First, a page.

October 21, 2009 in Nation/World

Supreme Court will hear Guantanamo detainee case

Mark Sherman Associated Press
 
File/Associated Press photo

In this Jan. 27 file photo demonstrators protest in front of the White House, calling for the closure of the Guantanamo Bay facility. The Supreme Court said it will hear a new case about the rights of detainees.
(Full-size photo)

WASHINGTON – The Supreme Court agreed Tuesday to decide whether Guantanamo detainees who are considered no threat can be ordered released in the United States – over the objections of the Obama administration and Congress – if the prisoners have nowhere else to go.

The case could further complicate the administration’s plans to close the Guantanamo prison where 220 or so men are still held.

The court’s fourth look at the terror-suspects detention system, created by the Bush administration following the Sept. 11, 2001, attacks, will focus on 13 Chinese Muslims, most of whom were cleared by the Pentagon for release in 2003. Six years later – and eight years after their capture in Pakistan and Afghanistan in 2001 – they remain in custody at the U.S. naval base in Cuba. The first three high court decisions were rebukes to the government for denying detainees their day in court.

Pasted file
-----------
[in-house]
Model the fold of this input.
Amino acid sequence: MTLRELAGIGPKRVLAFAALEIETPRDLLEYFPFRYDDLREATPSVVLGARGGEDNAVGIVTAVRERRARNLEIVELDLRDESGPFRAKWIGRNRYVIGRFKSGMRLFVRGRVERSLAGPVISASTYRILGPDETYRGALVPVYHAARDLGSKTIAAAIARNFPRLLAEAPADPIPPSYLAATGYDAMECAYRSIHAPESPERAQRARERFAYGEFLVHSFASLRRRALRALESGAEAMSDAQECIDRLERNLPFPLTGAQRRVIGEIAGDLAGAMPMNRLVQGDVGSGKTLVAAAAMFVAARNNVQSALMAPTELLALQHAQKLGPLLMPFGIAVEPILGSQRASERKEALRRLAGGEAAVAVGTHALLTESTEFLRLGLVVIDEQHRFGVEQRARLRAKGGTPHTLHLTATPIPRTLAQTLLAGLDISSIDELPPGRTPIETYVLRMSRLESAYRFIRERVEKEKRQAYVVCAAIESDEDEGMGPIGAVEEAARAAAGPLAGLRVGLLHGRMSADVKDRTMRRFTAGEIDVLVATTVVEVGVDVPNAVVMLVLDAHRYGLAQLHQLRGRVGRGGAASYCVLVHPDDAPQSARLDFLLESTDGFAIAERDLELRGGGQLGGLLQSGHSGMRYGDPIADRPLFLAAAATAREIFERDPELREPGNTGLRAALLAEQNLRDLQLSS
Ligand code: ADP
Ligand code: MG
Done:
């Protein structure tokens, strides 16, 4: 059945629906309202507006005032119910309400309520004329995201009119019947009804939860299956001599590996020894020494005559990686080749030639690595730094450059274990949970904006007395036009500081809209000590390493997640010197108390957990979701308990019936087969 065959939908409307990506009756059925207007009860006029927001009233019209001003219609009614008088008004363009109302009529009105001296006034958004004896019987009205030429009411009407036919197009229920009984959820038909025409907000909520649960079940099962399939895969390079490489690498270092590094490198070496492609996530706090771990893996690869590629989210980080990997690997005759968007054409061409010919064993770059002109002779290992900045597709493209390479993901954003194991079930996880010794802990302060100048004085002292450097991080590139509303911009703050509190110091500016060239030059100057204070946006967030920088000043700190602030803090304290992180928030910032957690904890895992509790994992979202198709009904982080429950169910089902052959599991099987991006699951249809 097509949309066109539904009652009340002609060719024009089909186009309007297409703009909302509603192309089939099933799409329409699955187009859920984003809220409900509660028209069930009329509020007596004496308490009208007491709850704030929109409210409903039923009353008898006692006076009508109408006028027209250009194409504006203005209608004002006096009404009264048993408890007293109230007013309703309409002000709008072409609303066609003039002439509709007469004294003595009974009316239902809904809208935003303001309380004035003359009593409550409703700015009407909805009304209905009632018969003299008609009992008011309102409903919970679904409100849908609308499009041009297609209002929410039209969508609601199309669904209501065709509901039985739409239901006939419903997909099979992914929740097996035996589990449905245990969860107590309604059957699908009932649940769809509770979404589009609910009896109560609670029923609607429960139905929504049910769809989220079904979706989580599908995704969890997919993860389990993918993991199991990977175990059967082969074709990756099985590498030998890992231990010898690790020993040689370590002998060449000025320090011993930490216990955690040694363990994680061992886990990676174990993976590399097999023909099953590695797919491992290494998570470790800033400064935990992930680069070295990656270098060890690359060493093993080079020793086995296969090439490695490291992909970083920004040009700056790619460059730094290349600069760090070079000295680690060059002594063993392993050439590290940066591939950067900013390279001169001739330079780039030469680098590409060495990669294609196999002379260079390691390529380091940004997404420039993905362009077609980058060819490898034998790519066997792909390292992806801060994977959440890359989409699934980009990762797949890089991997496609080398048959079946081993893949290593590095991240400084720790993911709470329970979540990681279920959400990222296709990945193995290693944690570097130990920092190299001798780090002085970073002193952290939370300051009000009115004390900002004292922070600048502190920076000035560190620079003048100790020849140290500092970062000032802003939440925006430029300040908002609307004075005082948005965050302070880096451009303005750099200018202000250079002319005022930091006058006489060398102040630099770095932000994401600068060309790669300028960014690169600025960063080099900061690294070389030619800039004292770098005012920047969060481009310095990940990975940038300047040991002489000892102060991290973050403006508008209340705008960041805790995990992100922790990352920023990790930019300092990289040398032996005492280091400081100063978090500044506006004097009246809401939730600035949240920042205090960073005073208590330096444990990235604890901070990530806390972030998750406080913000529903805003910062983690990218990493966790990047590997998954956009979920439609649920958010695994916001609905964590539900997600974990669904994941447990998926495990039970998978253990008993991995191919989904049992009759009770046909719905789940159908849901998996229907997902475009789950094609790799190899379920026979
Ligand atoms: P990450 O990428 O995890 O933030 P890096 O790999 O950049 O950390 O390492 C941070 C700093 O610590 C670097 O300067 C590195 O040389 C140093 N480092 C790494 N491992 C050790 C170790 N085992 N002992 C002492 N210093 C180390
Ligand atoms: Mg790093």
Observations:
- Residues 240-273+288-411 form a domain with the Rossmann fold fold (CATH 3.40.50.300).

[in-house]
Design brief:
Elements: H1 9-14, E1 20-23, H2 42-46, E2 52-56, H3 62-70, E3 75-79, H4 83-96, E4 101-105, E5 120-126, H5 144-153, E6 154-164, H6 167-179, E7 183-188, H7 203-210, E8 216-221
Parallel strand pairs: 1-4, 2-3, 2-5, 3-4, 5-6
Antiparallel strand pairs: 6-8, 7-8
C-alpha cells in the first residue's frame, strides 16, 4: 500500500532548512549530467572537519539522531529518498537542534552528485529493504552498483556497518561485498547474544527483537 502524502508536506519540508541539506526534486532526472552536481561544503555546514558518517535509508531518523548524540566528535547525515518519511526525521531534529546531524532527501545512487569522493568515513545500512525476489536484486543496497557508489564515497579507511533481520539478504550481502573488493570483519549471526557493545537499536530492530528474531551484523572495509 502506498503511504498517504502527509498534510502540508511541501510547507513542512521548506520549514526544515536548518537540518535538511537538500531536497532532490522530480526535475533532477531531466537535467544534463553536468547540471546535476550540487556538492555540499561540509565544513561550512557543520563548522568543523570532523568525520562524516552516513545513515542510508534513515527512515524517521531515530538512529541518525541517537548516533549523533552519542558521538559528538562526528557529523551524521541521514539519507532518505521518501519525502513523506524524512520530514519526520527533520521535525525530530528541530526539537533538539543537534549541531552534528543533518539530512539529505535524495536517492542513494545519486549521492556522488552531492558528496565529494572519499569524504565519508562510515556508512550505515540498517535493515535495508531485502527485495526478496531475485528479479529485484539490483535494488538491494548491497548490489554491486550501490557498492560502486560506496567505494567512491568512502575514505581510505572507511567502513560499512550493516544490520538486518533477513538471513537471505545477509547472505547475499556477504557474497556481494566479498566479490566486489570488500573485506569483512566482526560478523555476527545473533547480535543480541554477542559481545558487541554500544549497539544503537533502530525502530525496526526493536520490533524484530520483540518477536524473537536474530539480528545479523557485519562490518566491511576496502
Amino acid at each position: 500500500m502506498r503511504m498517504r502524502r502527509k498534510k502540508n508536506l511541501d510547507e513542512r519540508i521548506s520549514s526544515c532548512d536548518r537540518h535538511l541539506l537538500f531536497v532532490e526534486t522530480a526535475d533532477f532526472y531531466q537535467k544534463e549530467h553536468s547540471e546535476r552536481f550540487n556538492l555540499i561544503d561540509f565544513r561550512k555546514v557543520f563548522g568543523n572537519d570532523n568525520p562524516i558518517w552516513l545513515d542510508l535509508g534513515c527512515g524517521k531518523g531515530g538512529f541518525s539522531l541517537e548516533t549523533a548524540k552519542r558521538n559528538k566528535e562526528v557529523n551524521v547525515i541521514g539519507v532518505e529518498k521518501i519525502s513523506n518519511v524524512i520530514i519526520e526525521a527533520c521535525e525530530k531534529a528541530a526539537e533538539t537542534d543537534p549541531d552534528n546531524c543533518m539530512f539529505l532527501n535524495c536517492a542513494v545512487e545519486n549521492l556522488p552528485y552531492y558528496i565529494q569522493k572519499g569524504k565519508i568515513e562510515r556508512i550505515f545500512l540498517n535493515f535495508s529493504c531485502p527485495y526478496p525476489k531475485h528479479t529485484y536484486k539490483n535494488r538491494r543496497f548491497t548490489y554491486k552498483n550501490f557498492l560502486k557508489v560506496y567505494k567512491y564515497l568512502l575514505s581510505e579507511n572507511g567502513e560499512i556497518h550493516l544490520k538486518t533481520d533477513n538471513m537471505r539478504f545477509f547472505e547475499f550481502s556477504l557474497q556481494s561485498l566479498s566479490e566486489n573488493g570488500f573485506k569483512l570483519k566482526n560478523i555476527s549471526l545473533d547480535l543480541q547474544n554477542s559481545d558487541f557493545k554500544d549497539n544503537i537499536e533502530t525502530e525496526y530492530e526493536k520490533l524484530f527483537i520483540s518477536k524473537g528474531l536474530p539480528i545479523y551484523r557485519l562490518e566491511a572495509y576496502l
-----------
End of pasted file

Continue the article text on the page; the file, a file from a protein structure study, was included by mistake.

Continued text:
The justices said they will hear a challenge from the Chinese Muslims, or Uighurs, who are asking the court to put some teeth into its June 2008 ruling that said federal judges could ultimately order some detainees to be released, depending on security concerns and other circumstances.

Acting after the Supreme Court ruling, a federal judge in Washington said the Uighurs must be released immediately into the United States because their continued confinement was unjustified and the U.S. government could find no country willing to take them.

A federal appeals court, however, said the judge lacked the authority to order detainees released into the United States, setting up the new high court challenge.

The Uighurs say the ability to go before a federal judge is worthless if the judge ultimately has no power to free people who are being wrongly held.

The justices will hear the argument early in 2010, although it is possible that if the administration succeeds in relocating the Uighurs by then, the case could be dismissed.

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